Home > Education, Eikawa, Japan, Teaching English > Berlitzers Feeling A Little Bellicose

Berlitzers Feeling A Little Bellicose

And I thought it was just NOVA/GCommunications who gave their teachers a raw deal. I guess not. According to John Spiri’s Zeit Gist article in the Japan Times of Tuesday, May 6th, 2008, teachers at the eikawa school of Berlitz are striking and fighting mad. You can see the full article by clicking on the title – “As parent firm posts record profits, Berlitz teachers strike back.”

A little FYI stuff – Berlitz is run by Benesse Corporation. Berlitz International, Inc. still has its name attached to schools all over the world, but know that the backing behind the behemoth is a Japanese. Another little sidenote – I sent a comment to the Japan Times about this article. See the full text below:

This is in response to the article, “As parent firm posts record profits, Berlitz teachers strike back” by John Spiri. The article outlines what is the trend with eikawas around the country. This has to end. I was a NOVA teacher for 5 years before its collapse. I now work independently as well as at a local university. I can safely say that the fall of NOVA was the best thing for me. I work less and get paid more, and my work is far more fulfilling in that I have time to prepare for classes. I have time to really interact with the students and gauge their performances in a much more pedagogically useful way. I can give hardcore criticism without fear of “losing revenue.” This security makes teaching more worthwhile.

Another perspective that I’ve gained as a result of working in the eikawa industry, and that arose from the fall of NOVA is the essential need for eikawas in the overall English language learning industry. University level students are amazing in an academic setting, but what I have realized is they lack basic conversation skills. They haven’t been taught how to have a simple conversation. This doesn’t just affect the university students I teach, but also my private students. Adults who have been studying English for quite a while still seem to lack the confidence and ability to transform their book English into conversational English. Eikawas can help in this regard.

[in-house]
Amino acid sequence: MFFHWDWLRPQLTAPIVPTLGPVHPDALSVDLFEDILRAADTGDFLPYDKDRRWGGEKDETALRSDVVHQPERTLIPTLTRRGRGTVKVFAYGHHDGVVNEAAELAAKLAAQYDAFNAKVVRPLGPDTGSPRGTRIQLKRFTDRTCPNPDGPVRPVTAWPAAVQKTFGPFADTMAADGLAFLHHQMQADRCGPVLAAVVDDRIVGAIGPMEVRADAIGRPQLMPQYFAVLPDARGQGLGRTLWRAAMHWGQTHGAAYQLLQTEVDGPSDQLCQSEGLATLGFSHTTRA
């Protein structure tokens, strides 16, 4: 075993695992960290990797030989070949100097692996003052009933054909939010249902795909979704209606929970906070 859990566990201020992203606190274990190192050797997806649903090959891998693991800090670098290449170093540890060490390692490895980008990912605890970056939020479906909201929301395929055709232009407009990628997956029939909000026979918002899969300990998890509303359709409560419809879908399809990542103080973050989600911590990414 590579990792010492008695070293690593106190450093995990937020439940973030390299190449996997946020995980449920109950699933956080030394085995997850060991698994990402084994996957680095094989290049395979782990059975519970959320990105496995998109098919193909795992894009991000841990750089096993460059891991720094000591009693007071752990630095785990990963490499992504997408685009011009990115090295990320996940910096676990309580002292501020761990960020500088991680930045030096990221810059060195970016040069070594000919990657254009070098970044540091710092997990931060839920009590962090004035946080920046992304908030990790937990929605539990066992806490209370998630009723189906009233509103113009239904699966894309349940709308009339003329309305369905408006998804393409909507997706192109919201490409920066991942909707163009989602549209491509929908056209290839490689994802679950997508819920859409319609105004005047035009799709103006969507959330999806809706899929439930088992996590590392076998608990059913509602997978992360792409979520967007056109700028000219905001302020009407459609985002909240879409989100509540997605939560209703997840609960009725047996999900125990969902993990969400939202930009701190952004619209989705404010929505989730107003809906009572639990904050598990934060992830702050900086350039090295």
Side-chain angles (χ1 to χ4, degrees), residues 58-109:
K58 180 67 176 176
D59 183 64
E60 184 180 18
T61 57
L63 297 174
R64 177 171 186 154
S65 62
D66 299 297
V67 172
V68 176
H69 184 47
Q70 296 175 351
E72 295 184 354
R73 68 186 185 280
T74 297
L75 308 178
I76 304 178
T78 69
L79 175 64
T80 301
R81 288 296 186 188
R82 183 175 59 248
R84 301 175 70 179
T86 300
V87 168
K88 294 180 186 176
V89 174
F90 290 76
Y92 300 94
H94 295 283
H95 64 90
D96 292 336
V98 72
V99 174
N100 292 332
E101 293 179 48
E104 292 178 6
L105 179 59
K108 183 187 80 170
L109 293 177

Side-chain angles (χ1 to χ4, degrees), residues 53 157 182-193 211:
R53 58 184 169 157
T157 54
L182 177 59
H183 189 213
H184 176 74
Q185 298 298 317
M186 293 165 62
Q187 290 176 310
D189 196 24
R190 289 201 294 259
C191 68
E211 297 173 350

All that said, teachers need to be treated better. There is real work to be done, and eikawa teachers should be paid accordingly. When companies are making money there is no excuse for not treating the employees better. By better I mean adequate bonuses for hard work, incentives for doing better, programs that will increase teaching skills, etc. Properly investing in the employee base can only help business. A happy employee is a good employee, and a happy and good employee will always be good for business. I think these eikawa companies forget this. Instead they try to cut corners by not telling teachers they have to pay social insurance, etc. They try to cut on-the-book hours so they can bypass the insurance liability; all the while teachers are really working long hours.

If the government isn’t going to forcefully regulate the industry, then who is? If left up to the eikawas nothing would happen and standards would never get better. More power to the unions on this regard.

Peace

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  1. June 2, 2008 at 2:27 pm

    Thanks very much for your support. The strike is growing by the day – we suspect it is already the largest strike in the history of the Japanese Eikaiwa industry (which partly goes to show how badly organised English teachers have been in the past). Moreover, our demands are very reasonable (conservative calculations say it would cost no more than 1.1% of their profit) but Berlitz doesn’t appear to be budging. I guess they don’t care enough about their customers to stop the strikes.

    Everyone is welcome to follow the action at http://www.berlitzuniontokyo.org/

  2. June 3, 2008 at 12:52 pm

    Dear Komissar,

    Keep up the good fight. We’ll be checking in to see how things are going.

    As someone who witnessed the NOVA debacle, I understand the state of the eikaiwa industry very well. Although, I believe Japan needs a solid eikaiwa industry to help it with language education, I don’t think the teachers should be taken advantage of.

    Fight the good fight.

    Peace

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